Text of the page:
Now here’s the really fun part. At some point when I was trying to get any version of Ubuntu working again, I ended up with my PC booting to GNU GRUB by default rather than the Windows Boot Manager that I was familiar with. And now that my Linux install was dead, GRUB wasn’t working, either. My PC wouldn’t boot at all, not even to Windows. For all intents and purposes, it appeared I had just bricked my PC trying to install compatibility packages on Linux. In an era before smartphones, that probably would have been true. Fortunately, I found a StackExchange post that described the exact problem I was having and the solution. I had a brief moment of panic when I wasn’t sure if I even still had my Windows discs, but I did eventually find them and was able to repair the damage. I had lost three days and could still only build 64-bit Linux binaries with any reliability, but I didn’t lose my PC completely. I chose to ignore the problem and get back to game dev work for a while.

A month later, barely a day after wrapping up three weekends in a row presenting the game at various expos and conventions, I returned to the wonderful world of Linux development with a new plan of attack. Since my desktop PC was too scarred from previous failures and I didn’t trust it to stand up to a fresh install, I decided to turn my laptop into my primary Linux development environment. This time, I went with a Wubi install, despite recommendations to the contrary — it was, I had eventually learned, how I had installed Ubuntu the first time, when I had had the least trouble with stability. I installed a 32-bit distro, rebuilt all my external libraries, compiled the game, and tested it on my 64-bit desktop install, and…this time it worked.

I can’t explain that. I don’t know why my results were different this time. To my recollection, I had followed the exact same steps once before with different results. I tested it on my Steam Machine and it worked there, too. To date, I don’t believe I’ve had any complaints about 32-bit/64-bit compatibility since I started building in this environment. I’m happy it finally worked, and it was strange how smoothly the process went this time compared to all my previous attempts, but I can’t explain it. In all likelihood, if this environment ever fails me for any reason, it will be the death knell for my support of Linux.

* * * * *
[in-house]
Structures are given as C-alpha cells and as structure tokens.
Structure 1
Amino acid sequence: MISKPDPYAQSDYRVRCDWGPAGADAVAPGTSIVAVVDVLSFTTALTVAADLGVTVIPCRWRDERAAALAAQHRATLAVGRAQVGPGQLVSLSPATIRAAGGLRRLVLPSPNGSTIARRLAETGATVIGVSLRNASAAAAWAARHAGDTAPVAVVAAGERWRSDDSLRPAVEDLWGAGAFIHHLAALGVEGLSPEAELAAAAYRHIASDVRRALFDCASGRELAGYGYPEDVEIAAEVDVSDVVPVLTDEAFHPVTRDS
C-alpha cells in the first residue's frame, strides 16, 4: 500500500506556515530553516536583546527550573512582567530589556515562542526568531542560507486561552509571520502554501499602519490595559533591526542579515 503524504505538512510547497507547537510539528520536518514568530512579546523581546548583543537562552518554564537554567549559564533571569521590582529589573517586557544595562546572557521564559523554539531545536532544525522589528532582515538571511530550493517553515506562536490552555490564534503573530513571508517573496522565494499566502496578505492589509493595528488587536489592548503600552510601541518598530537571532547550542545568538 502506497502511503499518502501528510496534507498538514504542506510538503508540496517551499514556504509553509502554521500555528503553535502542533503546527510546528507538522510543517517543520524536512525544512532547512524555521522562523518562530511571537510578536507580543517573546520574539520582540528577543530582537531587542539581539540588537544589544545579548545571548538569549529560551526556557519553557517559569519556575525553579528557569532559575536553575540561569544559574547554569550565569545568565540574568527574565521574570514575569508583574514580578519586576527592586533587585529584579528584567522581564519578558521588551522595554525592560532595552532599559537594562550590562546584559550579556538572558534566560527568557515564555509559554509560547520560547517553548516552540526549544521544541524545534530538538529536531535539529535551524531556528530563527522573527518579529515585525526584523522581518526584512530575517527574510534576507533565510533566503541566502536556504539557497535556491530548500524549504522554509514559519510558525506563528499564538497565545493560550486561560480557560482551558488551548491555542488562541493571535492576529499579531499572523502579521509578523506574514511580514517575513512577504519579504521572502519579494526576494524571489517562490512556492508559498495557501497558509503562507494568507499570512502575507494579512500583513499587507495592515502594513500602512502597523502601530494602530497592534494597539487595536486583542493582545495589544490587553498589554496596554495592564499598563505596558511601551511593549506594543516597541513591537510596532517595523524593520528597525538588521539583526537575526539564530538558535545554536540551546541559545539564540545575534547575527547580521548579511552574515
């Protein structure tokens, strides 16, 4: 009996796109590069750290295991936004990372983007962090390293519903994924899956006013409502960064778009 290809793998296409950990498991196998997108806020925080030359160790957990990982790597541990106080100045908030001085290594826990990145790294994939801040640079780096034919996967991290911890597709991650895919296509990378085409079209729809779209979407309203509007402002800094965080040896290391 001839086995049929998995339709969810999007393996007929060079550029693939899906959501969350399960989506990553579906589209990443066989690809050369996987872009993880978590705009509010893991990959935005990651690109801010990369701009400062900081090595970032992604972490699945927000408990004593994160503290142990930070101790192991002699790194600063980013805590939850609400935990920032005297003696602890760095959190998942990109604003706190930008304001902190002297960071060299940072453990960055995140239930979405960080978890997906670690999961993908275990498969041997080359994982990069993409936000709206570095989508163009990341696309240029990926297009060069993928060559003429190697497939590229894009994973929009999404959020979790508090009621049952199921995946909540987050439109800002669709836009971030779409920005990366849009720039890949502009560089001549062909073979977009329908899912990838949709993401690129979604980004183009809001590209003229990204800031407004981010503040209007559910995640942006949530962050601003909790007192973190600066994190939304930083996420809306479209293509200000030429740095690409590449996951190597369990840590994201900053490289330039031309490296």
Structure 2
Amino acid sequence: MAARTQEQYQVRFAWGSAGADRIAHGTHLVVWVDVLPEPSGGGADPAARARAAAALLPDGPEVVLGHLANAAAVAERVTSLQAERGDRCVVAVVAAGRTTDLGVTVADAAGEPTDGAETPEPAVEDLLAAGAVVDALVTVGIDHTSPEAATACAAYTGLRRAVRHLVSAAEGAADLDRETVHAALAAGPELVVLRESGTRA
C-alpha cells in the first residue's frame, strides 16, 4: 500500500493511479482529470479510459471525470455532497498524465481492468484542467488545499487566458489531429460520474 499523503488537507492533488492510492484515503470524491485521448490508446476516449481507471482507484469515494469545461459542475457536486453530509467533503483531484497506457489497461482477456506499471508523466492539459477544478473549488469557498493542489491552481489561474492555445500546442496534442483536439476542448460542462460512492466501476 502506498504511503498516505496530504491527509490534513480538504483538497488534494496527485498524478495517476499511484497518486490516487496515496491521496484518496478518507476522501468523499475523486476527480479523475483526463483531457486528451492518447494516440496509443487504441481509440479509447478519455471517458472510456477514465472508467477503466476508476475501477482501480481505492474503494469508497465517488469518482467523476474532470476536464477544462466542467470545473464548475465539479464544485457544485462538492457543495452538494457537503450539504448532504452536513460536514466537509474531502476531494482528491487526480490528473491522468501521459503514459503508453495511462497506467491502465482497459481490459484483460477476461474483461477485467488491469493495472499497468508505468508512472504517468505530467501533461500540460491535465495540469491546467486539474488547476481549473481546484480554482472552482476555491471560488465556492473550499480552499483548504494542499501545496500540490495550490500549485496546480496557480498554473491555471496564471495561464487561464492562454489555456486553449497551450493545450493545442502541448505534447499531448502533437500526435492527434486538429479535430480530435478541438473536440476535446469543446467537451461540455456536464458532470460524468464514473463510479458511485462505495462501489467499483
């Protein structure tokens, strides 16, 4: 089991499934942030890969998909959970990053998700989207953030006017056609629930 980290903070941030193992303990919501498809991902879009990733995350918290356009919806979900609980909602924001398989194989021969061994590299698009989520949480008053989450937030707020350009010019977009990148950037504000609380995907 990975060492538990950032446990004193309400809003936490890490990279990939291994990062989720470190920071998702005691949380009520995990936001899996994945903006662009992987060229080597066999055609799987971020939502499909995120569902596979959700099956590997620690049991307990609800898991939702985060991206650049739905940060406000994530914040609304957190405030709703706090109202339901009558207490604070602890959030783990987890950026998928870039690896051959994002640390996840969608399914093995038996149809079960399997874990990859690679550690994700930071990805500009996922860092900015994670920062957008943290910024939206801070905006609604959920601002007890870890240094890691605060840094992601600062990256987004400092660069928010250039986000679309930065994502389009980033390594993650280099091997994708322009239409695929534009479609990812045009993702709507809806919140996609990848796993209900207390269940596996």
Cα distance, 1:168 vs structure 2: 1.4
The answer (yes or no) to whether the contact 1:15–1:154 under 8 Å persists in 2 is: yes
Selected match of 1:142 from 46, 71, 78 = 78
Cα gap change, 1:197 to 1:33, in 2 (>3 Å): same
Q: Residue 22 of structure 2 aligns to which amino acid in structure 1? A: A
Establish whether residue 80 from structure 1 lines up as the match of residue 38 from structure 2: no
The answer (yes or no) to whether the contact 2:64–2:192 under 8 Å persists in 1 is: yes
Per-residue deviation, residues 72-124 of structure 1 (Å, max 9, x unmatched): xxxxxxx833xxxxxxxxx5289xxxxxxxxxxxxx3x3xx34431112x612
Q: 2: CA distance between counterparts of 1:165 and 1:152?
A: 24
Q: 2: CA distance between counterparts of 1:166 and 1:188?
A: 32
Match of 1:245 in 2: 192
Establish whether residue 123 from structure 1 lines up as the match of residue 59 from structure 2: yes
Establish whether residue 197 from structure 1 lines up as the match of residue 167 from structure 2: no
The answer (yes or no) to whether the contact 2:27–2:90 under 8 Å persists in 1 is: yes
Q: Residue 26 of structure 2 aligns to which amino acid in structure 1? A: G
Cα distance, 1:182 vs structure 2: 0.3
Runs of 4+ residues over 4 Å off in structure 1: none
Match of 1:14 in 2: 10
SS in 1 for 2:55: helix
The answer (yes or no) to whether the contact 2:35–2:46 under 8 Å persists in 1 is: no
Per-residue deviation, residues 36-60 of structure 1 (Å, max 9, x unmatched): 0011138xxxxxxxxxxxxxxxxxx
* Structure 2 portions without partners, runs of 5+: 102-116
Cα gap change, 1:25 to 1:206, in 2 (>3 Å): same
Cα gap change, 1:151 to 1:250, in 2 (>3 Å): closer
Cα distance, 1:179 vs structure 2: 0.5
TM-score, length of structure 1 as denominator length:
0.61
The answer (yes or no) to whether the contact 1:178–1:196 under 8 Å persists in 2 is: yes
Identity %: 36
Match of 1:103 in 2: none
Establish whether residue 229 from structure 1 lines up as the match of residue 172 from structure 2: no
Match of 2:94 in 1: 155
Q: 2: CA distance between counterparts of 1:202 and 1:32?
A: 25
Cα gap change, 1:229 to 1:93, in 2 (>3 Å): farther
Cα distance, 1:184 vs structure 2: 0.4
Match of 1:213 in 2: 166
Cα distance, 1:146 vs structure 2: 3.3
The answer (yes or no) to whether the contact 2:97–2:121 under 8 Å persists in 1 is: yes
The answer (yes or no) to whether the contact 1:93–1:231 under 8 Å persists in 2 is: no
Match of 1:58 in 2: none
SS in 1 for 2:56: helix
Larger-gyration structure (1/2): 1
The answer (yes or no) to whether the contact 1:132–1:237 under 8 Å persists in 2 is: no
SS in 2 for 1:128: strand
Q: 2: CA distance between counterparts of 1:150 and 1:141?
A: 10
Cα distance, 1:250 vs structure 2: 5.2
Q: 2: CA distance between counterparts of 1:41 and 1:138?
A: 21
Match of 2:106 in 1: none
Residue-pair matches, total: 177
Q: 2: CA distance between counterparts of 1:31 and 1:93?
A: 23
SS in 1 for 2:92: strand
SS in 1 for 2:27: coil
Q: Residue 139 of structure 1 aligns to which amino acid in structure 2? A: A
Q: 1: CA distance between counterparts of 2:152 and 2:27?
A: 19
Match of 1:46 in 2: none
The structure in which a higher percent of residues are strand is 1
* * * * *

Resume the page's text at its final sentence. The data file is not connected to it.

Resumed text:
I’ve been using various versions of Visual Studio as my primary IDE since 2005. It took me months, if not years, to feel totally comfortable with it, so it’s not surprising that working in other environments would present difficulties.

I use Code::Blocks on Linux and Xcode on Mac. Code::Blocks seems like it was designed to be familiar to VS users. It has some oddities, but there are usually pretty clear analogues between the two environments. Importing projects and configurations from VS was fairly uneventful; it’s been the little unexpected things that I’ve had to learn to deal with in Code::Blocks. For instance, the order in which library dependencies are specified matters in C::B where it doesn’t in VS. This gave me endless linker errors, and for many months before I understood the source of the problem, I just worked around it by making throwaway calls to various library functions in game code so that the linker would understand it needed to link those libraries. I had another issue for a while where Code::Blocks would eventually just sort of choke and slow to a crawl after compiling the game once or twice. This turned out to be related to the inordinate amount of warnings being displayed in the output window. Simply lowering the warning level fixed this problem. (Yes, a pedant might insist that the real solution here would be to address the warnings, but I always compile with /W4 in Visual Studio and produce no warnings at all, so I say gcc is just too persnickety.) The Code::Blocks debugger has been fairly hit-or-miss for me, too, often ignoring breakpoints entirely and requiring me to break at other places and step through code to get to where I want to be. I suspect but haven’t proven this may be related to spaces in filename paths, which is one of those fun “I’ll know better the next time I write an engine from scratch” issues that crops up from time to time.